Archive for March 29th, 2016

Bengaluru’s drying lakes and continuous decline…

March 29, 2016

Another article on Banagalore’s shocking decline.

It is a pity that most people still talk of the city in terms of youth , silicon valley, start-ups and  so on. There is hardly any discussion over such decline of a city which is responsible for changing India’s image. The city has paid a huge price  for this change of India image:


The wisdom of Indic Town Planning: lessons for upcoming smart cities….

March 29, 2016

Brilliant piece by Aravindan Neelakandan of Swarajya. Another case of we forgetting lessons from our own past. 

He draws insights from Prof Patrick Geddes, who had praised urban planning in temple towns of Madurai and Kanchipuram.

Though well aware of the grandeur and civilizational intelligence embedded in the traditional town planning of Indian temple-cities, Geddes was also for democratizing the spaces in harmony with ancient design. Thus in the context of Srirangam he observed that the old city should consciously enter a new phase of development which should be “in continuity and in keeping with the plan of its admirable historic development.” Thus he envisioned the temple-towers to become the seats of learning of ancient languages – Tamil, Sanskrit and Pali and also physical and social sciences. At the same time the harmonious development should “also let the poor, the humble castes and even the casteless be provided for well.” He considered that the development of cities in harmony with their original historic plans would halt “the worst of all India’s modern plagues – that of slumdom.”

As India moved towards building futuristic cities it becomes important that we remember the works of Patrick Geddes on ancient Indian town planning and their relevance to today’s human socio-cultural ecology. The Indian temple-city planning contains in it principles that can be used in building sustainable futuristic cities which take into consideration not just the economic and political dimensions of humanity but its biological, psychological, ecological and spiritual dimensions.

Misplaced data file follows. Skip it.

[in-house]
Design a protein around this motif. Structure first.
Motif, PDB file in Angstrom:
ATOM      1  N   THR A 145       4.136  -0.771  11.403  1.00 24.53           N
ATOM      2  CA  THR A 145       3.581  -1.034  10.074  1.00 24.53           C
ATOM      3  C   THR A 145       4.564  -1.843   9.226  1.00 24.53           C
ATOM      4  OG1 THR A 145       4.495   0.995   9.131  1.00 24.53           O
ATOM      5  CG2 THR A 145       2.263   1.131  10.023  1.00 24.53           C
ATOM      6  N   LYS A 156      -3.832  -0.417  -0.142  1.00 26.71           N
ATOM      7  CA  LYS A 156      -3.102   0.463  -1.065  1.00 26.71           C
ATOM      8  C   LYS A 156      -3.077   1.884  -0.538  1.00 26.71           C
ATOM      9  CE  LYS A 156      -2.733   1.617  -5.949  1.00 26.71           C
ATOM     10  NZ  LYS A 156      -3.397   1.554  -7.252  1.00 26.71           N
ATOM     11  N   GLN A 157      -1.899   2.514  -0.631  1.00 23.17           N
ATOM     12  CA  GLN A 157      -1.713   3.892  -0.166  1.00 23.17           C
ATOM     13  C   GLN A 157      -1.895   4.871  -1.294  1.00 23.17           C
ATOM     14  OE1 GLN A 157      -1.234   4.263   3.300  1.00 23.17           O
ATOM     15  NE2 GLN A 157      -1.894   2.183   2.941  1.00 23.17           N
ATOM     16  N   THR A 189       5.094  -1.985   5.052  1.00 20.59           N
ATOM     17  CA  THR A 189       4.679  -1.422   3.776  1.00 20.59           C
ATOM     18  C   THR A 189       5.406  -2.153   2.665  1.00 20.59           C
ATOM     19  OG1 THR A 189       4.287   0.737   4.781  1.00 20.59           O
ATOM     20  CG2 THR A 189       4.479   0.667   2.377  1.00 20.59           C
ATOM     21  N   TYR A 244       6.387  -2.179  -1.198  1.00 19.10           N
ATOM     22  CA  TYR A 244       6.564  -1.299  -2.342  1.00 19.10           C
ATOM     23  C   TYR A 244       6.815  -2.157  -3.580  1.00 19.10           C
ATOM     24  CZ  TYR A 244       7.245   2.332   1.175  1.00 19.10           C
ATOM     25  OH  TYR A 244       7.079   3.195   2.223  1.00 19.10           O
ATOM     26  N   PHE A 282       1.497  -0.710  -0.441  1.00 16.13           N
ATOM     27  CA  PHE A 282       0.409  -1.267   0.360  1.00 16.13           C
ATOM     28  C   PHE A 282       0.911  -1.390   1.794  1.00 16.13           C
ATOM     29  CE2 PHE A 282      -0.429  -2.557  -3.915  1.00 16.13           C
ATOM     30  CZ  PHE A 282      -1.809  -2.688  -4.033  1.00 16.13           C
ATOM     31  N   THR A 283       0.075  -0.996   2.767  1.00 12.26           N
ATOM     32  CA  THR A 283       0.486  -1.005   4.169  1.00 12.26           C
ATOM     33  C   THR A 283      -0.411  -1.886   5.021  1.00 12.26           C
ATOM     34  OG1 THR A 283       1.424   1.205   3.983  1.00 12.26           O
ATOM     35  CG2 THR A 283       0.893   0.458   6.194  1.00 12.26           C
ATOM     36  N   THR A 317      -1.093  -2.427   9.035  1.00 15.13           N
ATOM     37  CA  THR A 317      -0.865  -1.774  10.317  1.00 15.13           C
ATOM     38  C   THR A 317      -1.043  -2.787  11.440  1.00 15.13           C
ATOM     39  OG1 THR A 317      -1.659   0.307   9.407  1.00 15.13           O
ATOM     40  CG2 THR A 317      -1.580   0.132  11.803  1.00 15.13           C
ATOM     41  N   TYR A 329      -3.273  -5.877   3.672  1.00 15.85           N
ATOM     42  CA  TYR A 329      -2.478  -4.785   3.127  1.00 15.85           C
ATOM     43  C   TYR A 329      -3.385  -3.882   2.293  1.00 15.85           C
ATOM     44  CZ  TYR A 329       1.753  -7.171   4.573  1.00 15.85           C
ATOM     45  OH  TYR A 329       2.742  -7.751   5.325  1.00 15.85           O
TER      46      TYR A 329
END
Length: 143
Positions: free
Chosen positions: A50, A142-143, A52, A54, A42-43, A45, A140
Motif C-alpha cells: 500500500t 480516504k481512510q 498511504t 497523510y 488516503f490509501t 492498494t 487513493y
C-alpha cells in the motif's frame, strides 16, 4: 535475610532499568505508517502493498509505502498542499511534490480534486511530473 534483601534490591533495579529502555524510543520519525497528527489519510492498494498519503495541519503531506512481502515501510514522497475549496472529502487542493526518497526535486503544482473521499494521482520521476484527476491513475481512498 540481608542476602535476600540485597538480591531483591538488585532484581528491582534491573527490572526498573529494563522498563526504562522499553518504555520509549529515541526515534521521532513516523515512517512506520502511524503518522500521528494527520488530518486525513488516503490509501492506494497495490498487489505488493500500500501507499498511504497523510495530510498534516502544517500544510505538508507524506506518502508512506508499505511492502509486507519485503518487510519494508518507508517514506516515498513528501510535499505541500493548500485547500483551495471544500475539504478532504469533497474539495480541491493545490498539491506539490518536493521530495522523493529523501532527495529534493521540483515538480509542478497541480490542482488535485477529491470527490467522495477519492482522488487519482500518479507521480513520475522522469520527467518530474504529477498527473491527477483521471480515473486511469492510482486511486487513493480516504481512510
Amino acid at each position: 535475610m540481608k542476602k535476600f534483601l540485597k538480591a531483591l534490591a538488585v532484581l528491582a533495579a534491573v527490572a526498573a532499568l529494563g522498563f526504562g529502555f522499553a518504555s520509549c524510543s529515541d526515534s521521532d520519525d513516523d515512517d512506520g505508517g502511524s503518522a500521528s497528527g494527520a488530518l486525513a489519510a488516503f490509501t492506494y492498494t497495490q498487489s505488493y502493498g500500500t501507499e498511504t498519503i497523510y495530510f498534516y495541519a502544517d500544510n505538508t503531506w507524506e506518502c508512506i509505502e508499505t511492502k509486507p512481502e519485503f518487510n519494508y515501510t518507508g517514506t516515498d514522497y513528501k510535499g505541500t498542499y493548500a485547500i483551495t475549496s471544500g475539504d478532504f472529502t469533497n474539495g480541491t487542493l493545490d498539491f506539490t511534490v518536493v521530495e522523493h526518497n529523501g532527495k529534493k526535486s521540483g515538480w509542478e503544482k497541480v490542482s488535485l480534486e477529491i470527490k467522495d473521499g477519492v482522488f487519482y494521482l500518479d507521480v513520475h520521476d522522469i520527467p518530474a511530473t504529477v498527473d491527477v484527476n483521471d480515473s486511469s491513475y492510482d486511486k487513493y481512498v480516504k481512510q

Fascinating to learn all this. Thanks Mr Neelakandan for these insights…


How India pledged gold during the 1991 crisis- an insider account..

March 29, 2016

Dr C Rangarajan, the deputy governor of Indian central Bank during 1991 was pretty much behind the whole episode.

He narrates the tale. This bit on logistics is typical drama from a Bollywood movie:

The entire episode was not without its drama. For example, when any commodity is sent out of the country, the nature of the commodity has to be declared. I spoke with the commissioner of customs and a special authorisation from the finance ministry was obtained to send the gold without such a declaration. As one of the consignments had an intermediate stopover, a sudden doubt arose whether this was covered by insurance. On a Sunday, I had the office opened to check the policy and was relieved to find that it had a “Vault to Vault” insurance cover. Finally, when the gold was moved from the vault of the Bombay office to the airport, the movement along the road was closely monitored. In the case of one large consignment, the bullion van had to stop because of a suspected tyre burst in one of the cars in the convoy. Fortunately, before much commotion could happen, the convoy resumed.


Nice bit from history..

Why savers have stayed away from stocks for two decades

March 29, 2016

Sucheta Dalal has been the perennial activist (and perhaps a lone one as well) for transparency in stock markets and increase participation of retail investor.

In this piece she laments that despite surge in middle class population, the small investor base has remained unchanged since 20 years.


%d bloggers like this: